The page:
NGC1055-ESO-Crop-L1.jpg

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Trójkątny wiecheć Williamina Fleming

Williamina Fleming's Triangular Wisp
Sara Wager

Kobieta uhonorowana APOD'em - miła wiadomość! :)

Chaotic in appearance, these tangled filaments of shocked, glowing gas are spread across planet Earth's sky toward the constellation of Cygnus as part of the Veil Nebula. The Veil Nebula itself is a large supernova remnant, an expanding cloud born of the death explosion of a massive star. Light from the original supernova explosion likely reached Earth over 5,000 years ago. Blasted out in the cataclysmic event, the interstellar shock waves plow through space sweeping up and exciting interstellar material. The glowing filaments are really more like long ripples in a sheet seen almost edge on, remarkably well separated into the glow of ionized hydrogen atoms shown in red and oxygen in blue hues. Also known as the Cygnus Loop, the Veil Nebula now spans nearly 3 degrees or about 6 times the diameter of the full Moon. While that translates to over 70 light-years at its estimated distance of 1,500 light-years, this field of view spans less than one third that distance. Often identified as Pickering's Triangle for a director of Harvard College Observatory, the the complex of filaments is cataloged as NGC 6979. It is also known for its discoverer, astronomer Williamina Fleming, as Fleming's Triangular Wisp.
NGC6979_wager.jpg


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W dniu 27.10.2017 o 11:49, ekolog napisał:

Duch Miracha

Trafiłem na nią kompletnym przypadkiem, robiąc testy sprzętu. Da się ją wyłuskać, chociaż nie należy do tych bardziej fotogenicznych ;)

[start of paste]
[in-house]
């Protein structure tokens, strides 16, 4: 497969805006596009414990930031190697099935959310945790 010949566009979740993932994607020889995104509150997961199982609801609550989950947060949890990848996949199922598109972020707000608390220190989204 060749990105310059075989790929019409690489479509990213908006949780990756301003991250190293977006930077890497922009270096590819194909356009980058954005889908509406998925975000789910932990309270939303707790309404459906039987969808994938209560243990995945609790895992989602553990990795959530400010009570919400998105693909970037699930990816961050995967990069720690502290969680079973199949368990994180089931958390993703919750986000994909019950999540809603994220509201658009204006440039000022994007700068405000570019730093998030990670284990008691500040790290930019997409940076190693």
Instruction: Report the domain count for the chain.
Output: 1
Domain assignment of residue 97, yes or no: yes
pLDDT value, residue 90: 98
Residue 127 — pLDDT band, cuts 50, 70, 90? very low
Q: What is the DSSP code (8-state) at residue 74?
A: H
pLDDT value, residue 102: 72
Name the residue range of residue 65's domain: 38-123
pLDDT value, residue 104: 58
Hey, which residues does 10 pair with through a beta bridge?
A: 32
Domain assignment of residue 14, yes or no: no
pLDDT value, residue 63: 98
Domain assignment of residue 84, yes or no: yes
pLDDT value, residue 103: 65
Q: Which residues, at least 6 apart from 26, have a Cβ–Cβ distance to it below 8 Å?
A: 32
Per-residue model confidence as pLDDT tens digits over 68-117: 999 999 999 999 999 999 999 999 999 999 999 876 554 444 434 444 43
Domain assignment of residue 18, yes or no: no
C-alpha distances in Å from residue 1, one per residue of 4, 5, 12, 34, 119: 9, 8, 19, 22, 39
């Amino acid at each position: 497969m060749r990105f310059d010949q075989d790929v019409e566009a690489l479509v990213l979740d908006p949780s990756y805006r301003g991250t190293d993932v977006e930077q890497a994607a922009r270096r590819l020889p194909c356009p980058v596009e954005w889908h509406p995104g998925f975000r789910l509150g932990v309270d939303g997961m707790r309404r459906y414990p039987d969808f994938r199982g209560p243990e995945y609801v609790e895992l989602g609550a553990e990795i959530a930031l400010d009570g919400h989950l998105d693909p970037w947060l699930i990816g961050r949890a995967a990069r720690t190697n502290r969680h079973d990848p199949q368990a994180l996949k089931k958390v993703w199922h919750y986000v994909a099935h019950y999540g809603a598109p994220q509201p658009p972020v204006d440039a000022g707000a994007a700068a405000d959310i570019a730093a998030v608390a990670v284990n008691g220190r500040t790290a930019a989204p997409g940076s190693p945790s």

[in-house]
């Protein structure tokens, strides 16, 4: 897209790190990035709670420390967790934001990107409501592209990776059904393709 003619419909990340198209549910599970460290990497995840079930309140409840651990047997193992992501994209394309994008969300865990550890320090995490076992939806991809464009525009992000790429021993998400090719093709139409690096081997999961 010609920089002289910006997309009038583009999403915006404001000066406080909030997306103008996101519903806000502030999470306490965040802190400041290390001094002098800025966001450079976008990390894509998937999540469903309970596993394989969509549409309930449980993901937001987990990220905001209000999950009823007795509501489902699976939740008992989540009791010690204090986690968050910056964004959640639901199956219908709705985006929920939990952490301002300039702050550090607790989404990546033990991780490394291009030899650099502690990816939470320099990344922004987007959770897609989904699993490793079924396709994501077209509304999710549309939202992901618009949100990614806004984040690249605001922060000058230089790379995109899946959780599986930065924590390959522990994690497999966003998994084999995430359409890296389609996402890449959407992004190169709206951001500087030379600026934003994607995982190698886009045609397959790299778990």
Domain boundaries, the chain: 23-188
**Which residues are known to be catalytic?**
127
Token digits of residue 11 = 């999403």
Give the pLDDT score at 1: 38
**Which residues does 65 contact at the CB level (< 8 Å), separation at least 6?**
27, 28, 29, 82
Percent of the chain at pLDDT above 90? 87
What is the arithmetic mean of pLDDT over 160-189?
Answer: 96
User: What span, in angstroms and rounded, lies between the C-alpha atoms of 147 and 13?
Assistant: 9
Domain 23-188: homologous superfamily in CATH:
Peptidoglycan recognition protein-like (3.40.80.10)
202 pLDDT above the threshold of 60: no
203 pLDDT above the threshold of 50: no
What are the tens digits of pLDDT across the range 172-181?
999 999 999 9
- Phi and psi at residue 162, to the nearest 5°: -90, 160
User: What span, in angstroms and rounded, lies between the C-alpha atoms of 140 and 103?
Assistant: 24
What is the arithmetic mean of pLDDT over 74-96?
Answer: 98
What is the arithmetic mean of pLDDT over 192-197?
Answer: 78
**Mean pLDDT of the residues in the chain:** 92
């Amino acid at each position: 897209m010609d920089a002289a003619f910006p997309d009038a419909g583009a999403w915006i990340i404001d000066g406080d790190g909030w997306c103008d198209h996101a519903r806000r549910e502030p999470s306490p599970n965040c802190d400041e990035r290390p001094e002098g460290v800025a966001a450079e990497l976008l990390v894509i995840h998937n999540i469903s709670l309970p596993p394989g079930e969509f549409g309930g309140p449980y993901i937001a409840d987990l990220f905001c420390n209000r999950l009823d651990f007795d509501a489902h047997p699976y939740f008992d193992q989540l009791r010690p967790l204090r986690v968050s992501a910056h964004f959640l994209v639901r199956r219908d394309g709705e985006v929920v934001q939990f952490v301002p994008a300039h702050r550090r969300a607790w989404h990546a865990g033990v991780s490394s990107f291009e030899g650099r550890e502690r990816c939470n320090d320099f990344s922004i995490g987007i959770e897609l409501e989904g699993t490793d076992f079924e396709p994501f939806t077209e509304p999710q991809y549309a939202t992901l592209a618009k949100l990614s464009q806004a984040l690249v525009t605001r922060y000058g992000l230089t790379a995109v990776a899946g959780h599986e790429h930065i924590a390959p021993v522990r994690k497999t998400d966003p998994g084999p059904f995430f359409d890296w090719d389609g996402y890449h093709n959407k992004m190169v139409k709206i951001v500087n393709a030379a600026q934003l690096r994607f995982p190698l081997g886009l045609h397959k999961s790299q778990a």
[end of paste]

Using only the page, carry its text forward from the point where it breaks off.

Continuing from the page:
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Kolorowy Księżyc

A Colourful Moon
Alain Paillou
The Moon is normally seen in subtle shades of grey. But small, measurable color differences have been greatly exaggerated in this mosaic of high-resolution images captured near the Moon's full phase, to construct a multicolored, central moonscape. The different colors are recognized to correspond to real differences in the mineral makeup of the lunar surface. Blue hues reveal titanium rich areas while more orange and purple colors show regions relatively poor in titanium and iron. The intriguing Sea of Vapors, or Mare Vaporum, is below center in the frame with the sweeping arc of the lunar Montes Apenninus (Apennine Mountains) above it. The dark floor of 83 kilometer diameter Archimedes crater within the Sea of Rains, or Mare Imbrium, is toward the top left. Near the gap at the top of the Apennine's arc is the Apollo 15 landing site. Calibrated by rock samples returned by the Apollo missions, similar multicolor images from spacecraft have been used to explore the Moon's global surface composition.

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Central_Colours_Fullres.jpg

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Szczęśliwe niebo nad Los Angeles

A Happy Sky over Los Angeles
Dave Jurasevich (Mt. Wilson Observatory)